VR: In short, the causal closure principle doesn't imply that there are determining physical causes for every event, only that there are no non-physical causes for any event. The argument from reason, on the other hand, if successful, intends to show that there are non-physical causes for the mental states involved in rational inference. The causal closure principle that Kim presents is sufficient to generate argument from reason. If Lewis had had Kim's definition of causal closure to work with, he would not have saddled the naturalist with determinism, but the argument from reason would not have been effected, since if the AFR works, it requires not merely the denial of physical determinism but also of the causal closure principle as defined by Kim.

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5 Comments:

At 2/12/2008 01:55:00 PM , Blogger normajean said...

Vic, you don't seem so impressed with arguments from determinism?

 
At 2/13/2008 06:36:00 AM , Blogger Darek Barefoot said...

Victor

>>The argument from reason, on the other hand, if successful, intends to show that there are non-physical causes for the mental states involved in rational inference.<<

If "mental state" above is a non-physical state, then this says that there are non-physical causes for non-physical states, which is consistent with Kim's version of closure, isn't it?

Somehow the nature and extent of dependency of the mental upon the physical must be brought into play to generate a conflict.

 
At 2/13/2008 09:24:00 PM , Blogger Victor Reppert said...

But of course, what I think affects what I do, so sooner or later, there goes closure.

 
At 2/23/2008 10:07:00 AM , Blogger normajean said...

Victor, do you argue in your book that naturalists must be committed to epiphenomenalism?

 
At 5/04/2008 12:45:00 AM , Blogger rpritchie said...

Per this post and others on the blog, I am very confused by the assumed tenability of a worldview that does not allow for free will or mental causation. That is, I am sure there is a reason for this assumption, but it is not at all apparent to me.

For example, I am willing to accept for the sake of argument all past events despite their apparent complexity under a “a million monkeys typing for a million years type argument;” however, I feel that the general ignorant public—of which I am a member—are still left with an untenable view of naturalism.

I have concocted an example to illustrate. My question is, how with a merely ‘epiphenomenalistic’ mind could individuals be expected to predict the behavior of other organisms with a greater probability of being accurate than picking at random from all possible (or even impossible, perhaps, but, for the sake of argument I can grant possible) events?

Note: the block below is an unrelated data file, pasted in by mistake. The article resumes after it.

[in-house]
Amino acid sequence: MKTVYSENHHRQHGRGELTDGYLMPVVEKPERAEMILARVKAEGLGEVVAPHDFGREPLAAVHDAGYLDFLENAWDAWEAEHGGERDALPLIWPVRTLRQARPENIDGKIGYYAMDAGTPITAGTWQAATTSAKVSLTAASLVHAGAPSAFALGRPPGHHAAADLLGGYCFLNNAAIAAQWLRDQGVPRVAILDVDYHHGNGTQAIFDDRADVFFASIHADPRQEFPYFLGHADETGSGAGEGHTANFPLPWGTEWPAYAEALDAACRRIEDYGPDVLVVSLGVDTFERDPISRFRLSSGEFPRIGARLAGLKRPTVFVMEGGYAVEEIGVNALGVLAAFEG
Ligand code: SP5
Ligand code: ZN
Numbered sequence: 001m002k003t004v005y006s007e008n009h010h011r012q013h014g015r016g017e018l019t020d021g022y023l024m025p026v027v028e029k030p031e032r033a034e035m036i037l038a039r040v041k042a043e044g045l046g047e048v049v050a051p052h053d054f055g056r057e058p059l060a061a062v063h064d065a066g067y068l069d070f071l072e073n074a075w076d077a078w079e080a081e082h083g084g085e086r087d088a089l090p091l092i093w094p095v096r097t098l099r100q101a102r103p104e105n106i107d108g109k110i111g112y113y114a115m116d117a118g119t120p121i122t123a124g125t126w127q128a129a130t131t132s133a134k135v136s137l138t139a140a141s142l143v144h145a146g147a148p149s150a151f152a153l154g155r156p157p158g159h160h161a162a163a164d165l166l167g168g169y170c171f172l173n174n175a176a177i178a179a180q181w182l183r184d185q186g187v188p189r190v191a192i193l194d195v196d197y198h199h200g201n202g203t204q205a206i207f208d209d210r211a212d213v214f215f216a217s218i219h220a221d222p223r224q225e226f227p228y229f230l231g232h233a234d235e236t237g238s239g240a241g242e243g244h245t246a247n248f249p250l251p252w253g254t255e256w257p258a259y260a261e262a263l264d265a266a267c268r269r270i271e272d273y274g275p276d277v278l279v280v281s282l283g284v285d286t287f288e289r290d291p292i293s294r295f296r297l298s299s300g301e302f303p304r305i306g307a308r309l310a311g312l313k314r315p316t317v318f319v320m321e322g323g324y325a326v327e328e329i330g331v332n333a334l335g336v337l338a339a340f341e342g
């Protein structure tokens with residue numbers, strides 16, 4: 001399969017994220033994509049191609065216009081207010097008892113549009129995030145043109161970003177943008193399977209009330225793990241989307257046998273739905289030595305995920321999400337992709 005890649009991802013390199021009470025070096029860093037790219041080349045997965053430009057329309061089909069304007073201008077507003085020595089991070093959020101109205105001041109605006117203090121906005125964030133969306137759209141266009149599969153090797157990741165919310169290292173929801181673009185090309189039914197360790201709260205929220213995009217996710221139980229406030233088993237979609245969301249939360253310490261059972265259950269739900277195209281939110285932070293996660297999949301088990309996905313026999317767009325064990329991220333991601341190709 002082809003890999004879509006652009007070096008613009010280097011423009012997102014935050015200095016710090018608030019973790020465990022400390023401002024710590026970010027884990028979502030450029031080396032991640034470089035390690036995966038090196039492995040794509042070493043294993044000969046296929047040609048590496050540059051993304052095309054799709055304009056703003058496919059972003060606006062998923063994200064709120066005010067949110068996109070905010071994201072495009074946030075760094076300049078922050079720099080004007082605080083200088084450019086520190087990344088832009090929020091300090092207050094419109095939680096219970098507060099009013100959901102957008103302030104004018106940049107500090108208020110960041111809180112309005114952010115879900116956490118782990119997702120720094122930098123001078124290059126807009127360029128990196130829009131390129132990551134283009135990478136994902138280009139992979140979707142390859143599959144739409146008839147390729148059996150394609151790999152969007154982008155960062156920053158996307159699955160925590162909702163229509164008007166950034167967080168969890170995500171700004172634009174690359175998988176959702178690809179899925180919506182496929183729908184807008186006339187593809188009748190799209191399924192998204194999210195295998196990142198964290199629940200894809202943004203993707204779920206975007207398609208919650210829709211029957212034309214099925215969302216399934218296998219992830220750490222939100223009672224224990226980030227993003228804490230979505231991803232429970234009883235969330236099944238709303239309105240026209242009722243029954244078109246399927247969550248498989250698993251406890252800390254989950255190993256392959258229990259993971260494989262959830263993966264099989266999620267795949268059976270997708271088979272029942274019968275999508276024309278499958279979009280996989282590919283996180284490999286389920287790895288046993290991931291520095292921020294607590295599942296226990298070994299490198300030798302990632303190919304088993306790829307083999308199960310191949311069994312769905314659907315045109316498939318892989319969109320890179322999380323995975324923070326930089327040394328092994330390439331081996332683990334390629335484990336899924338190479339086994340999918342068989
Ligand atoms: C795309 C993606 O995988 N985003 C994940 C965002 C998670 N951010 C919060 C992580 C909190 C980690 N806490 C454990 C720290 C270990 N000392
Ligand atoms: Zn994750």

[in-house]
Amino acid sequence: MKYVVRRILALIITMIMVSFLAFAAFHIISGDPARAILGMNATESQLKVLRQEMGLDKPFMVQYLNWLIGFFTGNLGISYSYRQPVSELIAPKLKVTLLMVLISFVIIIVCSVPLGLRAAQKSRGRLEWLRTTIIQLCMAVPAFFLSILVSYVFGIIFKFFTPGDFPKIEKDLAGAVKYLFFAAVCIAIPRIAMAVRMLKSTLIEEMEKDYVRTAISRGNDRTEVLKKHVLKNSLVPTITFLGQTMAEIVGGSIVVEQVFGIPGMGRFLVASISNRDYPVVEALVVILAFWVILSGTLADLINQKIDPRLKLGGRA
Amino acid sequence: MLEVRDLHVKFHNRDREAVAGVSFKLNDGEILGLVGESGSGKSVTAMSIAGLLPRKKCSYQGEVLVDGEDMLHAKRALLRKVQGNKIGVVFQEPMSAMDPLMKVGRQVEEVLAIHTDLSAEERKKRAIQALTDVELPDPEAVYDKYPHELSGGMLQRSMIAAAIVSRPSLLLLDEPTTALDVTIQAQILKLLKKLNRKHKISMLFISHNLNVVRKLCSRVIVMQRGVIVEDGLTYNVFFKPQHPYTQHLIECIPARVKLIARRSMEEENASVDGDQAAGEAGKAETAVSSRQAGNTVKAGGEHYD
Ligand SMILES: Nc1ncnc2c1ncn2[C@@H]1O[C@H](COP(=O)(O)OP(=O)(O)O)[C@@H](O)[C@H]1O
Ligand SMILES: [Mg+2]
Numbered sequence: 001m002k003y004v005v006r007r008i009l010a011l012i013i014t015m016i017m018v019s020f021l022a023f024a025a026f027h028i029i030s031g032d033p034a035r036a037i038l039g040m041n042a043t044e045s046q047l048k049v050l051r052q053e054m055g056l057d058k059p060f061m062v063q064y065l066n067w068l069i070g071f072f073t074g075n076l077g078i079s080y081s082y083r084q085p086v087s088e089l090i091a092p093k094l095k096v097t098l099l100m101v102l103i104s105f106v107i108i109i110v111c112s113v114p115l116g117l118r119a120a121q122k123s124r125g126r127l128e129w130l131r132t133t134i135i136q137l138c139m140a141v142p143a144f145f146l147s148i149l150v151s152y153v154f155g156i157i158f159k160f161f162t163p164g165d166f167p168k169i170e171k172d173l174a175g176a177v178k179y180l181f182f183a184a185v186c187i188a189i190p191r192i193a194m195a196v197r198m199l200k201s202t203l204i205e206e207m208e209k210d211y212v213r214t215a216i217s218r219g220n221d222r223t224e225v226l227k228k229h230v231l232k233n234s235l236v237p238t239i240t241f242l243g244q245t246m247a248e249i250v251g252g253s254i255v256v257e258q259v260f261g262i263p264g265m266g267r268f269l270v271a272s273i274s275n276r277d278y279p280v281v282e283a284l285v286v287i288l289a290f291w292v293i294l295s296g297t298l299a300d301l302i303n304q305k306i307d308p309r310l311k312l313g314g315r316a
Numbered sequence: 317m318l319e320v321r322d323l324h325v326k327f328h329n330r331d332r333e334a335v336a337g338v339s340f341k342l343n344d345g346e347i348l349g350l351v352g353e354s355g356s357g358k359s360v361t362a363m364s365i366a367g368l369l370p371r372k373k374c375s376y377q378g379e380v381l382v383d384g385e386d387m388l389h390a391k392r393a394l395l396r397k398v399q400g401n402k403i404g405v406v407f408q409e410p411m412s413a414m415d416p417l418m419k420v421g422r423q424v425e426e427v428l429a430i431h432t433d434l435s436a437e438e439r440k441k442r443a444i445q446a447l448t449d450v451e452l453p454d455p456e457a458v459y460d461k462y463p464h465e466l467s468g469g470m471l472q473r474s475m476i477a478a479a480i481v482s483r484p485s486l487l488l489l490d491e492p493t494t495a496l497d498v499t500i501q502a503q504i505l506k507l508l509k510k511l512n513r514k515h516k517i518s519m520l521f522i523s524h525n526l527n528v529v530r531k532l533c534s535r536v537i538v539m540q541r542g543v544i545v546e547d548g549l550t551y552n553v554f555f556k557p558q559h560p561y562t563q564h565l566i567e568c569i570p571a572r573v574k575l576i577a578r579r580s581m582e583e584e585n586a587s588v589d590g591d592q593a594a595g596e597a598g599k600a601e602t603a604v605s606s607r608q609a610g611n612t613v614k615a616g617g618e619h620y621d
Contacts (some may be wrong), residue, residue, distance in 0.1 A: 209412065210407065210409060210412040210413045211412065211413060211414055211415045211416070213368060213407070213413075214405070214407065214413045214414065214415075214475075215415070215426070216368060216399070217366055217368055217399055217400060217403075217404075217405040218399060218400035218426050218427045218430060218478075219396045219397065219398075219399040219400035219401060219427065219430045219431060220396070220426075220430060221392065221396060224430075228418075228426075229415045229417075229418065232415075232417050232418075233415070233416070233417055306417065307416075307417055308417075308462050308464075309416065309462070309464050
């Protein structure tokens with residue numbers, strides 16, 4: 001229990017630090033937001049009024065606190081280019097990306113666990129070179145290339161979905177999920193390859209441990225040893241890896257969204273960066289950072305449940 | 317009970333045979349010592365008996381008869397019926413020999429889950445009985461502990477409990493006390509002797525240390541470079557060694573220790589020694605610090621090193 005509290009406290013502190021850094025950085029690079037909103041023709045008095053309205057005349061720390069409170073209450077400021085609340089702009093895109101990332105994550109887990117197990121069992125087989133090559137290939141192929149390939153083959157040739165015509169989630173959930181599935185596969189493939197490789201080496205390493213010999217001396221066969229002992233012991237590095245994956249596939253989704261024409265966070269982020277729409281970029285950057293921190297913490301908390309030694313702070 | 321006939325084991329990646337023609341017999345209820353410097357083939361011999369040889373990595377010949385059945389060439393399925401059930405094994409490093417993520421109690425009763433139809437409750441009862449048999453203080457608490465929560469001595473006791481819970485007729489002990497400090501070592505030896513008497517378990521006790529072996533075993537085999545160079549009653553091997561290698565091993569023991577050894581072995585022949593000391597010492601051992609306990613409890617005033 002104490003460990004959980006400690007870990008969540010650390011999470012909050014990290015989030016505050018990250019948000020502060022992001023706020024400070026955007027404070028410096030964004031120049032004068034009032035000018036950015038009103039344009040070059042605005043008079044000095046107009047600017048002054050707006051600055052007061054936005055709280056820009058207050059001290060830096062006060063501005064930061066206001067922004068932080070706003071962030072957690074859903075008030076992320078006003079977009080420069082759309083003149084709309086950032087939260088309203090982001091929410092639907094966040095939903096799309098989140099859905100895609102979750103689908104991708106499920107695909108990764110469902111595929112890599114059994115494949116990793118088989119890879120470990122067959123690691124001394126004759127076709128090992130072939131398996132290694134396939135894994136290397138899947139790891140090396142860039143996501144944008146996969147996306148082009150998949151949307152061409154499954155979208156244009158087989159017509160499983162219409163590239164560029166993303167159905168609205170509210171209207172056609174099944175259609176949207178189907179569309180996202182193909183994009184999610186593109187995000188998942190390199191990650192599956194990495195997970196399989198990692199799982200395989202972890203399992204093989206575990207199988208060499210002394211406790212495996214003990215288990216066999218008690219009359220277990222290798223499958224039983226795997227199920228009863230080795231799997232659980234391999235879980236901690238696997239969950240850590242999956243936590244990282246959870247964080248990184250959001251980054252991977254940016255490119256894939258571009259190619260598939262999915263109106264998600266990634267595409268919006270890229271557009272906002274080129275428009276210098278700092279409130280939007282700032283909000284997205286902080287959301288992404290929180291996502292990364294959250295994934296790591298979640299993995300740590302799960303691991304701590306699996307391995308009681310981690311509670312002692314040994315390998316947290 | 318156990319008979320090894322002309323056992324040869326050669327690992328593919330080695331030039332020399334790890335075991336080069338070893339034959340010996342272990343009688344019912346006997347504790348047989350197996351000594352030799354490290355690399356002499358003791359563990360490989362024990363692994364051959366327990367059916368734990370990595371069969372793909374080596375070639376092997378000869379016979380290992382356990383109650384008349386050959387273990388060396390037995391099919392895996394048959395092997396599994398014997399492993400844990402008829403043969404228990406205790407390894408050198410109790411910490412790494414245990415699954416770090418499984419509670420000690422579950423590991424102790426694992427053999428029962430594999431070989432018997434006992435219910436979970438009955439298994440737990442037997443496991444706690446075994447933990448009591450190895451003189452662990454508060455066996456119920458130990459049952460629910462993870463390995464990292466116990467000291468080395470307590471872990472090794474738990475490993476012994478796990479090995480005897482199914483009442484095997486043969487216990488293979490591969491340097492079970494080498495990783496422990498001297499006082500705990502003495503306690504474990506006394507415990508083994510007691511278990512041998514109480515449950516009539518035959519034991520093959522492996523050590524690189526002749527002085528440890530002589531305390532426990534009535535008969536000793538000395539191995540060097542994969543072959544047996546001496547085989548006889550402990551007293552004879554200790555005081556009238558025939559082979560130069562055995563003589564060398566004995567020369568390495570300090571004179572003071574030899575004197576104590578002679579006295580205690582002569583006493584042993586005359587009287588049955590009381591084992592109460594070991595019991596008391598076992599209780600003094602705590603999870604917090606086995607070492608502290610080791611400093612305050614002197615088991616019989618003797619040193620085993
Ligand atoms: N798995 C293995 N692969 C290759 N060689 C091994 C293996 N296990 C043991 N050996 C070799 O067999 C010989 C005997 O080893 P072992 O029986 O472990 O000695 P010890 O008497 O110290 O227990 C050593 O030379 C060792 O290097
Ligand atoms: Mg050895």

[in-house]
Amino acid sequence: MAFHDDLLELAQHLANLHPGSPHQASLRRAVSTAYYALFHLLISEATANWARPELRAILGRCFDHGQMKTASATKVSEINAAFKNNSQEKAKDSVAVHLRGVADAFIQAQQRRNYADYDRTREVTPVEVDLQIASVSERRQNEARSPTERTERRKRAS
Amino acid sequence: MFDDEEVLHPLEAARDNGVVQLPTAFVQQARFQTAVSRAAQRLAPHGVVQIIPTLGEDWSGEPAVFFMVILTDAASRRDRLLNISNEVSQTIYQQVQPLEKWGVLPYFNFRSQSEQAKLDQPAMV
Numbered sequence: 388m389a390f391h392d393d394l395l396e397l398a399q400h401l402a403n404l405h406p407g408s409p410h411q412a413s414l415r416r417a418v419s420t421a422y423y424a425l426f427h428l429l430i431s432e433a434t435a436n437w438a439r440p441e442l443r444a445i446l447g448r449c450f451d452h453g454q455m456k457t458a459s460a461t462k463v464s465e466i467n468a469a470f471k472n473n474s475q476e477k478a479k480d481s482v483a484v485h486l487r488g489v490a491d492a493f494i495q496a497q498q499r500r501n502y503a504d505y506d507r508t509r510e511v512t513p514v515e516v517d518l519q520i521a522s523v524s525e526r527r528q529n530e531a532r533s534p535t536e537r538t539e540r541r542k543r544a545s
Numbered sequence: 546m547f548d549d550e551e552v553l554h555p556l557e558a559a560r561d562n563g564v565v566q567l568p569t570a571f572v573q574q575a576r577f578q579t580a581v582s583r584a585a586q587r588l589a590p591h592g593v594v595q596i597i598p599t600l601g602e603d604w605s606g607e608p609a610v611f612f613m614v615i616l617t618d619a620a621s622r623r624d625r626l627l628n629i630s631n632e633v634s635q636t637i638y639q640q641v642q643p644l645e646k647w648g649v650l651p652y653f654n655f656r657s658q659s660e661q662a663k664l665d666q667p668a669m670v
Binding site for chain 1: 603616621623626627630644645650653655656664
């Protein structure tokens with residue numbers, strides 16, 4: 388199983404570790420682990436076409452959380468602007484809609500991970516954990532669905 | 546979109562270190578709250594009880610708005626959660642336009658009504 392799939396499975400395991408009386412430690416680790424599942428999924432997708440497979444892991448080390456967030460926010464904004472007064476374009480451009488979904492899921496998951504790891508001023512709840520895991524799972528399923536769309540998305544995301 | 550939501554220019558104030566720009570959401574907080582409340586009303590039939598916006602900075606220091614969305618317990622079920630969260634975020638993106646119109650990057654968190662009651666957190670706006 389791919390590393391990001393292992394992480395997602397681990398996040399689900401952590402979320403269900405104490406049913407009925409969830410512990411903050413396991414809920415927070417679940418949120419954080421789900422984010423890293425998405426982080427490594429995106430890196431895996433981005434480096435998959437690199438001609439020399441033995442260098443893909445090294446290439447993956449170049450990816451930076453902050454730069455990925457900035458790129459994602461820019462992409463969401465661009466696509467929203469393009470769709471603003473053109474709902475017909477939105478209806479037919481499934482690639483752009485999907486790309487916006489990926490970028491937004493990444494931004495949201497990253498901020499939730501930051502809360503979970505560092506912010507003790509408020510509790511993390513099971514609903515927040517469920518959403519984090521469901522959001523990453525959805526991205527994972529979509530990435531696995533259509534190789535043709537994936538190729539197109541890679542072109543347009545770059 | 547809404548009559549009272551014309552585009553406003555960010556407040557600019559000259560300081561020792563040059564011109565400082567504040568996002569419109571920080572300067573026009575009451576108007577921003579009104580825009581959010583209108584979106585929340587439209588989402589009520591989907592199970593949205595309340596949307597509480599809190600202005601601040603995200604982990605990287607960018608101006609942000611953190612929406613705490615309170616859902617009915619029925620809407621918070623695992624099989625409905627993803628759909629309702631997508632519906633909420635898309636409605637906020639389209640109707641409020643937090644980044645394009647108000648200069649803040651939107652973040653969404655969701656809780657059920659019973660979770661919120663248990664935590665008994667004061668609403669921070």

From my understanding, they should not be. Yet people make predictions of future activities of others among countless possible activities with great accuracy as a matter of daily routine. Take for example my guess that Kevin Garnett will be in the Fleet Center later today playing basketball. To say that I am more confident in saying this than I would be by merely picking at random among the possible activities he could do at that time would, to people at my level of understanding, seem so obvious as to appear absurd.

Here is my attempt to breakdown this attack on naturalism:

(1) A naturalistic worldview infers no free will
(2) No free will infers no mental causation
(3) No mental causation infers—at best—no ability to predict future events on the level of the behavior of organisms greater than the picking at random from the entirety of possible future events
(4) I have the ability to predict future events at a level much more accurate than a random selection of possibilities would infer.

Thus

(5) The probability of naturalism being true is no greater than 1/x where x = the total number of future events.

And

(6) I can do this repeatedly for events wherein x is a very large number

Thus

(7) Naturalism is very unlikely to be true.

I do not for a second believe that naturalists are actually alleging to hold a worldview that is this counterintuitive and unlikely; however, I do not know where I have gone wrong. I would assert that anyone maintaining (1)-(5) and naturalism as a worldview is either a lunatic or an ideologue.

Could you debunk my attempt at logic before I lose any civilized tone in talking with naturalists?